Hominis Deus

The following is a guest post by Kyle David Bennett. Kyle is a recent PhD graduate from Fuller Seminary in philosophy of religion and philosophical theology. Before moving to NYC last year he taught philosophy at Azusa Pacific University and theology and ethics at Providence Christian College. He now teaches religion at The King’s College. He lives in Hoboken, NJ with his... Read More

The Paradox of Loneliness in the Midst of Community

(Thanksgiving, 2013) From the confines of Tegel prison in Berlin, Dietrich Bonhoeffer penned these moving words to his family: “Three Alone But Together” – Carmen Guedez It’s remarkable how we think at such times about the people that we should not like to live without, and almost or entirely forget about ourselves. It is only then that we feel how closely our... Read More

“Outlaw justice” – was Paul really a political theologian?

The standard average Christian evangelical, or Reformed, reading of Paul makes him into a huckster of cheap grace. How many times have you heard a sermon on Romans, or a Christian song on the radio, or some radio plug for a new church or ministry, invoking the Reformation-revivalist message that it’s all about giving up trying to make something out of your life on your own,... Read More

St. Evagrius of Pontus and Redeeming Time in Postmodernity

The following is a guest post by Matthew Tan. Matthew is a Lecturer in Theology and Philosophy at Campion College Australia. Currently he is a Visiting Professor in Catholic Studies and a Research Fellow at the Centre for World Catholicism and Intercultural Theology at DePaul University in Chicago. Matthew is also the editor of the theological blog “the Divine Wedgie”... Read More

Vocation and Cultural Capital

The Calling of St. Matthew [Hendrick ter Brugghen, 1620]The doctrine of vocation, emerging from Martin Luther’s theological genius and taken up by the other Reformers (and handed down to us today) has functioned to bring about the sanctification of ordinary life as Charles Taylor as others have rightfully noticed.[1] Where there was once a hierarchy in which churchly vocations... Read More

Can Philosophy Come Forth As Prophecy?

J. Aaron Simmons (aaron.simmons@furman.edu) – Department of Philosophy, Furman University Zachary Jolly (zach.jolly@furman.edu) – Department of Philosophy, Furman University In 1984 Alvin Plantinga’s landmark essay, “Advice to Christian Philosophers,” appeared in print in Faith and Philosophy. This widely celebrated essay can rightly be said to have crystallized... Read More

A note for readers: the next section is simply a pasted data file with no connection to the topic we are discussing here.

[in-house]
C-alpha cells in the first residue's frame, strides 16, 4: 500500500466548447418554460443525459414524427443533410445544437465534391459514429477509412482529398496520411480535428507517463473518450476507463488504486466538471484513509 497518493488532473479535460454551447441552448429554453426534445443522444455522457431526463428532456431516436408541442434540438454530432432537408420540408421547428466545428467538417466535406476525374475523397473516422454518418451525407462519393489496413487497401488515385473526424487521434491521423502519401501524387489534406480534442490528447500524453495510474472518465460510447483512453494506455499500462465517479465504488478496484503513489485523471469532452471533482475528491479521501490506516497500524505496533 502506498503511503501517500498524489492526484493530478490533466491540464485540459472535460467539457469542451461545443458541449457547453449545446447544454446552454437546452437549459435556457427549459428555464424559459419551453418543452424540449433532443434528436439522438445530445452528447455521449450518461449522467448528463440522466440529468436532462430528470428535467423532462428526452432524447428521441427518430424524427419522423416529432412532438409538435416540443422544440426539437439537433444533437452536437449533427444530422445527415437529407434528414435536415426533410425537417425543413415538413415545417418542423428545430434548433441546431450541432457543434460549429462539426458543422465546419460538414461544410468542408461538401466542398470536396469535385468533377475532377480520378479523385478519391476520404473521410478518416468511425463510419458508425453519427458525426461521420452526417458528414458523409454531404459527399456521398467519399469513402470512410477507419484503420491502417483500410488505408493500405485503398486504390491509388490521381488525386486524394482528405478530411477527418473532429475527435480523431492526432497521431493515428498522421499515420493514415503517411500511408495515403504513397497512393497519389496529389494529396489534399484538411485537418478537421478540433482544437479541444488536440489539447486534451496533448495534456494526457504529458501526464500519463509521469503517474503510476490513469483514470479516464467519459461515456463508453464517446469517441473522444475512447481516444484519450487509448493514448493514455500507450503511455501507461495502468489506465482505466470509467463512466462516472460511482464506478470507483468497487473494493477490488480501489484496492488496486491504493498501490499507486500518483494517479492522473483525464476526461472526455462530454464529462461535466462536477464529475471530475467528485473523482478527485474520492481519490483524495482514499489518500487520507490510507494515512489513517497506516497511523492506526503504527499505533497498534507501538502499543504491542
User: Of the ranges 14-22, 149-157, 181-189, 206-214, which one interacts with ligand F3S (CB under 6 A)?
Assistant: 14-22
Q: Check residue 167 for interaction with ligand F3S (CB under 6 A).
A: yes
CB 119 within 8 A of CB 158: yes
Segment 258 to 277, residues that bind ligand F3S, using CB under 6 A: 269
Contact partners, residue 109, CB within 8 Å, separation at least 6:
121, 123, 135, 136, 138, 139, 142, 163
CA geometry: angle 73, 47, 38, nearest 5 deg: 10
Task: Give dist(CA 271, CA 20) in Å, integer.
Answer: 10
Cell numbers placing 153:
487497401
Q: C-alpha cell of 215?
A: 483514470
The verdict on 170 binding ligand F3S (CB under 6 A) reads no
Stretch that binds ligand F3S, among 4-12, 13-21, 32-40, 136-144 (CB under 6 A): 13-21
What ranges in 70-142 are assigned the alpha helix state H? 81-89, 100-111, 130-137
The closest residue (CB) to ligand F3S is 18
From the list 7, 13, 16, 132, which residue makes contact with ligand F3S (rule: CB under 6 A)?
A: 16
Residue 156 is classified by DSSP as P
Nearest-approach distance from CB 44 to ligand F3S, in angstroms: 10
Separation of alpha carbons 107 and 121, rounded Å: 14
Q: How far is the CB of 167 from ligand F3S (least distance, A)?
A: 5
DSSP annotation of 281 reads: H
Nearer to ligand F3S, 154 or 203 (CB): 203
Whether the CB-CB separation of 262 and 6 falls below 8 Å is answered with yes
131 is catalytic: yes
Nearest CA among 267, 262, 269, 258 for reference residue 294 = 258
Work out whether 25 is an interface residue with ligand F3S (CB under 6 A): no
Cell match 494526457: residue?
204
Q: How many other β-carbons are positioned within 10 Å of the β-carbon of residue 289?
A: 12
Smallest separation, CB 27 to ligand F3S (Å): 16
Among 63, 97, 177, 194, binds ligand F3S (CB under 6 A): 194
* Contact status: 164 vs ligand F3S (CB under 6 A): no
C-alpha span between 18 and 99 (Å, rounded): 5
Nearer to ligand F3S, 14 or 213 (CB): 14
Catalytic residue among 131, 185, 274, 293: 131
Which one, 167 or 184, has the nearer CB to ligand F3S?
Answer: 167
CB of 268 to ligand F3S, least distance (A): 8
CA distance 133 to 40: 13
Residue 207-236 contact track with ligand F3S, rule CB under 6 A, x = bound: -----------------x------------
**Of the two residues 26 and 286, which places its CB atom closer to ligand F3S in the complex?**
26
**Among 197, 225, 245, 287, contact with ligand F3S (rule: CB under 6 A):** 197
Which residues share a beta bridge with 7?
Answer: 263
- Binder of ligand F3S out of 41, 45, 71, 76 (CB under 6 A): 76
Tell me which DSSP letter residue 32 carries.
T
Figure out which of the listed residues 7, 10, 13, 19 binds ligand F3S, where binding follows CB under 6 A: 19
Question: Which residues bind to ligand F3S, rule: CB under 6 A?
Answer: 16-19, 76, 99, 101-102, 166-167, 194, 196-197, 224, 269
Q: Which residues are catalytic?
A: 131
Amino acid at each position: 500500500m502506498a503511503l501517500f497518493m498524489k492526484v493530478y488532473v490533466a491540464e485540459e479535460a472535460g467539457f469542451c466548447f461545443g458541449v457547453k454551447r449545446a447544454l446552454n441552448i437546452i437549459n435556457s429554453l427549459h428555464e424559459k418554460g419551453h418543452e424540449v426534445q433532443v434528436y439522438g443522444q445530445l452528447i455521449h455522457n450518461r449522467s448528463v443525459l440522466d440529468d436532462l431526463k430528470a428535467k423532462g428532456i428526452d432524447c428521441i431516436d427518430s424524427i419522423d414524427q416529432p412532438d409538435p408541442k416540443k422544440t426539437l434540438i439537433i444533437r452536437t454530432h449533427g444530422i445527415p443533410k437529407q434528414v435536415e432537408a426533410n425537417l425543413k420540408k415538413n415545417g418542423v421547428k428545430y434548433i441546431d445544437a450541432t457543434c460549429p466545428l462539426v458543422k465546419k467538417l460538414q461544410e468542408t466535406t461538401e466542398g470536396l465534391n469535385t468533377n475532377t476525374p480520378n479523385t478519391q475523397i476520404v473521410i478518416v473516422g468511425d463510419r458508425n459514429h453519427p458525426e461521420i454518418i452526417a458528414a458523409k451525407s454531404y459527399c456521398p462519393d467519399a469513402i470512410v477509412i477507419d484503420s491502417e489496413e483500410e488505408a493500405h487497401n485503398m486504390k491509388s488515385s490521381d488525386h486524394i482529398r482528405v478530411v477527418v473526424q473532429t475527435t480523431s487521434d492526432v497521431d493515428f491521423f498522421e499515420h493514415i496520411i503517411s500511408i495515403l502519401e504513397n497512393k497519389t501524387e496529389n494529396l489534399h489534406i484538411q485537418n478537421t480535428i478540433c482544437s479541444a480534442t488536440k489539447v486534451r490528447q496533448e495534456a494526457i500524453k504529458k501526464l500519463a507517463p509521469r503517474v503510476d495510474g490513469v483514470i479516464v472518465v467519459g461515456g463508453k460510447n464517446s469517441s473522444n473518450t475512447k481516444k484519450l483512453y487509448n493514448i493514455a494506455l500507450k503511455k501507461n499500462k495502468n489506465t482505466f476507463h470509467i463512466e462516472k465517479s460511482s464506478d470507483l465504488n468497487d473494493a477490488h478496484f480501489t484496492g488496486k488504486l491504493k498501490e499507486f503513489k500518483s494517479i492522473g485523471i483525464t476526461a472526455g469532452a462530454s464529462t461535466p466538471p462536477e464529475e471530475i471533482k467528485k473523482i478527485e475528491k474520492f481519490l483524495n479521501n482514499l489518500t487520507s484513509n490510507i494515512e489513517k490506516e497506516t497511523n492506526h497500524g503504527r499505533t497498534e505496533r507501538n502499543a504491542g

The Strangest of All Things Pomo – the Resurrection!

I’ve been reading two books of late that would seem to bear little relationship to each other, but actually do in a revolutionary and quite profound manner. The first is by New Testament scholar N.T. Wright, The Resurrection of the Son of God (Fortress Press, 2003). The second is theoretical physicist Lee Smolen’s Time Reborn: From the Crisis in Physics to the Future... Read More

Philosophy and Theology . . . “Analytic” or Not

By J. Aaron Simmons (Furman University, Department of Philosophy) – aaron.simmons@furman.edu   The following are thoughts inspired by the vigorous discussion that recently occurred on Roger E. Olson’s blog. Olson instigated the discussion by commenting that philosophy and theology are distinct disciplines due to the way in which “special revelation” is used by theology,... Read More

The exception rules, or why postmodern theology needs to think the impossible

A number of years ago when I was a department chair I asked a certain administrator at my institution why he had not followed the rules in granting certain privileges to a certain faculty member that seemed to go against the very rules he himself had laid down. The response was classic, and since the impact of his decision was entirely favorable, though not perhaps for those who... Read More

Teaser: The Postmodern Fashion of Provisional Views

Prada, teaser for Candy, by Wes Anderson and Roman Coppola   “Ethical, juridical, or political responsibility, if there is any, consists in deciding on the strategic orientation to give to this problematic…for which truth, no more than reality, is not an object given in advance that it would be a matter of simply reflecting adequately.” Jacques Derrida, Without... Read More